SH: Over the past few decades we’ve seen a backlash against postcolonialism and Marxism in general. It’s been accompanied by a move away from the overtly political writing of an earlier generation of writers from the continent, personified by the Chinua Achebes and Ayi Kwei Armahs of the world. Many younger writers have justified this move as a backlash against “one-dimensional” or “clichéd” perceptions of writing from Africa. You have a more complex reading of the situation that positions it very much in Western hands and reads it as a result of Cold War politics, the second Gulf War and the fatwa against Rushdie. Can you say more?
JM: I think literature serves the age it lives in. The nation-building process, post-independence, involved glorifying past deeds: the struggle, the noble history. Writers played their part and those who were best rewarded were those whose ideals chimed with the Marxist ideas that were in vogue among university academics in the West. Those who were inclined towards Africa saw the literature as a tool for political emancipation of the working class. The literary qualities were either overlooked or brushed aside in favour of the unequivocal message. This came to an end roughly at the time I started publishing. The Cold War ended with the fall of the Berlin Wall and with that went Marxist-dominated cultural politics. One could make the argument that African literature is still subject to the appetites of the West, and will remain so until African literature can support itself without relying on an outside audience. Of course, reading the work has grown more sophisticated, but it is still vulnerable. Binyavanga Wainaina’s “How to Write about Africa” is really a parody of the kind of format that we can all agree is outdated, which plays well to an audience of apologetic white liberals. I think the situation is more complex than that. Years ago there was a criticism of Arabic women writers tackling certain subjects in the hope they would appeal to feminist critics and publishers in the West, in other words producing texts that would lend themselves to translation. I think a similar argument could be made in some cases in African literature. It’s not the obvious case that Binyavanga sends up, it’s more insidious than that.
SH: It seems today the only politics that the literary market readily embraces relate to censorship or feminism – both worthy causes, of course, but why limit it to that? Who is setting this agenda? What does it enforce?
JM: I once got taken to task for suggesting that publishing is dominated by women, which is as close to being a fascist misogynist as I’d want to get. Yet, in 25 years and about 11 books I have never worked with a male editor. There are men in the business and I don’t pretend that there is full equality or that men do not dominate the upper tiers, but women clearly have a presence, and that is how it should be. Women read more than men. A sweeping generalisation, I know, but I’ll stick to it until someone proves me wrong. The literary market is just that, a market, and publishing is a business. It’s not surprising therefore that publishers try to cater to what their audience wants to read. Feminism is the only strand that survived the demise of Western postcolonial sympathy for the Third World, as it used to be known. In a world where political ideology has been replaced by complex cultural and religious differences, feminism cuts a clean line through the murky waters.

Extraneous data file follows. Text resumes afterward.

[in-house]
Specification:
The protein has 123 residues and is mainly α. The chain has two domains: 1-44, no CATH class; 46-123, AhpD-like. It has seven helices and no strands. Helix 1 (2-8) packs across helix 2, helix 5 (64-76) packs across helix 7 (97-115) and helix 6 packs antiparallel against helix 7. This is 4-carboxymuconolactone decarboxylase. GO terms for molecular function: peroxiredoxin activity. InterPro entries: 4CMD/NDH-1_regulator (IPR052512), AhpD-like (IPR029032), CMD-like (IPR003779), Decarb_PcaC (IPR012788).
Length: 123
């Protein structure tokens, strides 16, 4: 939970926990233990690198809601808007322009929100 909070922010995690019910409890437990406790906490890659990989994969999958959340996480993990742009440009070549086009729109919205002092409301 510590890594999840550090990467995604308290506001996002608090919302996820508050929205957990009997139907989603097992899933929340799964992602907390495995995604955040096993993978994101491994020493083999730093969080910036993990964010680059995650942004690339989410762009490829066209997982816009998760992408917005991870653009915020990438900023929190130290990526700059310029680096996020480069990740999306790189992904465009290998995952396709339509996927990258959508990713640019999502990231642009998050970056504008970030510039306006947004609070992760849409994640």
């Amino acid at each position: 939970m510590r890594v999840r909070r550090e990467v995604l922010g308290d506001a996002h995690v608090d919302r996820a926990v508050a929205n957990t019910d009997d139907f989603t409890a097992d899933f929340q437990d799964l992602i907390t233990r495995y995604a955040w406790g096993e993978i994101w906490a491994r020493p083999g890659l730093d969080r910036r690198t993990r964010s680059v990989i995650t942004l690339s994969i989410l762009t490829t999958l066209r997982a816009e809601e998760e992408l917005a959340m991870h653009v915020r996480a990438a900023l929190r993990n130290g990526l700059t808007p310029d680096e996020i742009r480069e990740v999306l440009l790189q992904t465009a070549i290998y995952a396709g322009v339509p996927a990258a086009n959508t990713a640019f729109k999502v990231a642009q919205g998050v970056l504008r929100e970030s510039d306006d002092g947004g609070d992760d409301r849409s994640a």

As for Rushdie, I think in his case censorship was swiftly replaced by celebrity. The case was hijacked for political means, largely because nobody on either side actually read or understood the book. The people who died in Pakistan and Iran took it for granted that the book was an insult to Islam. Even London’s literary critics admitted they hadn’t read The Satanic Verses. Translators said it was impossible to translate. A cause was created out of a book that very few people ever actually read. I think that sums up our age. We talk about books now without reading them. Literary criticism has become what Gore Vidal used to call “book chat”. The corollary of this is that literature used to be about seeing things from a different perspective, getting outside of yourself, whereas now it is very much about affirmation; confirming your opinions and who you are. Identity politics short-circuited the whole idea of objective reading. People think it is genuinely a valid literary criticism to say they don’t like a certain character. As if their personal distaste for a character justifies dismissing a story. This is ignorance disguised as understanding.
SH: You seem to refuse the divide between politics and identity that characterises so much writing today. I’m thinking here about the character, Makana, from your crime trilogy. It is Makana’s liminal status as an exile that makes him such an adept navigator of Cairo, able to fade into the background because nobody pays attention to an African migrant. But when someone is needed to investigate a problem, being an outsider makes him highly employable: the system in Egypt is so corrupt that no one trusts the authority. Could Makana’s trickster methodology open up a third possibility for writers – a way to survive in a global world without abandoning history or political rigour?